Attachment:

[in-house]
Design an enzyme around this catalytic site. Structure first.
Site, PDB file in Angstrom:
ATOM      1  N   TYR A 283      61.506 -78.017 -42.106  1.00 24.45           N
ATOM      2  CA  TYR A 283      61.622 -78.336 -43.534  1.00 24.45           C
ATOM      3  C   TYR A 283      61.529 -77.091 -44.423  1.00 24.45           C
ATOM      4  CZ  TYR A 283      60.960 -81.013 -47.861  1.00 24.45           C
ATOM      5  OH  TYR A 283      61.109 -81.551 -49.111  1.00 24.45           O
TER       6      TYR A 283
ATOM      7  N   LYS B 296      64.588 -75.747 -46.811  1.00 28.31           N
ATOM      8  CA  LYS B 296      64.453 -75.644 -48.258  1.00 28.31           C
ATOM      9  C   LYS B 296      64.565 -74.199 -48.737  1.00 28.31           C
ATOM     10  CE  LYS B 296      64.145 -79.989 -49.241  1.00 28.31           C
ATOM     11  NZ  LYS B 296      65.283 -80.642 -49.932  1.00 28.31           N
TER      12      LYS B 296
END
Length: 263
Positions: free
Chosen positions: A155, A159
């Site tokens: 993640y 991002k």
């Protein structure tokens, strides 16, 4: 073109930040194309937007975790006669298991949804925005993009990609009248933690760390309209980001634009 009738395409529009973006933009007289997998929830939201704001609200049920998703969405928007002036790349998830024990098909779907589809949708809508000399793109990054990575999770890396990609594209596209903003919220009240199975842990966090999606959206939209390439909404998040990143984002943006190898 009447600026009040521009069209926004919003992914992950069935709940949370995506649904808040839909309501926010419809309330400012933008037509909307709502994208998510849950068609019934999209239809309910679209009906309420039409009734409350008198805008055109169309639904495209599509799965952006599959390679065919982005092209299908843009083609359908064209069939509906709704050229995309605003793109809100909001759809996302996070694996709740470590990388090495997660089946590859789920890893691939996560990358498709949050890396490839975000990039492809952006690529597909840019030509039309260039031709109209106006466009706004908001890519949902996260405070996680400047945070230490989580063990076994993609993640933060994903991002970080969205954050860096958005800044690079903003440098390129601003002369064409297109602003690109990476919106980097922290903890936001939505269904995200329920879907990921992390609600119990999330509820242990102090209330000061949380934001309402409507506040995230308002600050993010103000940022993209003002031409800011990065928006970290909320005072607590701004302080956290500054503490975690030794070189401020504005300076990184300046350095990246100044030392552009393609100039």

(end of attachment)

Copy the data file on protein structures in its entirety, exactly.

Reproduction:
[in-house]
Design an enzyme around this catalytic site. Structure first.
Site, PDB file in Angstrom:
ATOM      1  N   TYR A 283      61.506 -78.017 -42.106  1.00 24.45           N
ATOM      2  CA  TYR A 283      61.622 -78.336 -43.534  1.00 24.45           C
ATOM      3  C   TYR A 283      61.529 -77.091 -44.423  1.00 24.45           C
ATOM      4  CZ  TYR A 283      60.960 -81.013 -47.861  1.00 24.45           C
ATOM      5  OH  TYR A 283      61.109 -81.551 -49.111  1.00 24.45           O
TER       6      TYR A 283
ATOM      7  N   LYS B 296      64.588 -75.747 -46.811  1.00 28.31           N
ATOM      8  CA  LYS B 296      64.453 -75.644 -48.258  1.00 28.31           C
ATOM      9  C   LYS B 296      64.565 -74.199 -48.737  1.00 28.31           C
ATOM     10  CE  LYS B 296      64.145 -79.989 -49.241  1.00 28.31           C
ATOM     11  NZ  LYS B 296      65.283 -80.642 -49.932  1.00 28.31           N
TER      12      LYS B 296
END
Length: 263
Positions: free
Chosen positions: A155, A159
């Site tokens: 993640y 991002k």
């Protein structure tokens, strides 16, 4: 073109930040194309937007975790006669298991949804925005993009990609009248933690760390309209980001634009 009738395409529009973006933009007289997998929830939201704001609200049920998703969405928007002036790349998830024990098909779907589809949708809508000399793109990054990575999770890396990609594209596209903003919220009240199975842990966090999606959206939209390439909404998040990143984002943006190898 009447600026009040521009069209926004919003992914992950069935709940949370995506649904808040839909309501926010419809309330400012933008037509909307709502994208998510849950068609019934999209239809309910679209009906309420039409009734409350008198805008055109169309639904495209599509799965952006599959390679065919982005092209299908843009083609359908064209069939509906709704050229995309605003793109809100909001759809996302996070694996709740470590990388090495997660089946590859789920890893691939996560990358498709949050890396490839975000990039492809952006690529597909840019030509039309260039031709109209106006466009706004908001890519949902996260405070996680400047945070230490989580063990076994993609993640933060994903991002970080969205954050860096958005800044690079903003440098390129601003002369064409297109602003690109990476919106980097922290903890936001939505269904995200329920879907990921992390609600119990999330509820242990102090209330000061949380934001309402409507506040995230308002600050993010103000940022993209003002031409800011990065928006970290909320005072607590701004302080956290500054503490975690030794070189401020504005300076990184300046350095990246100044030392552009393609100039």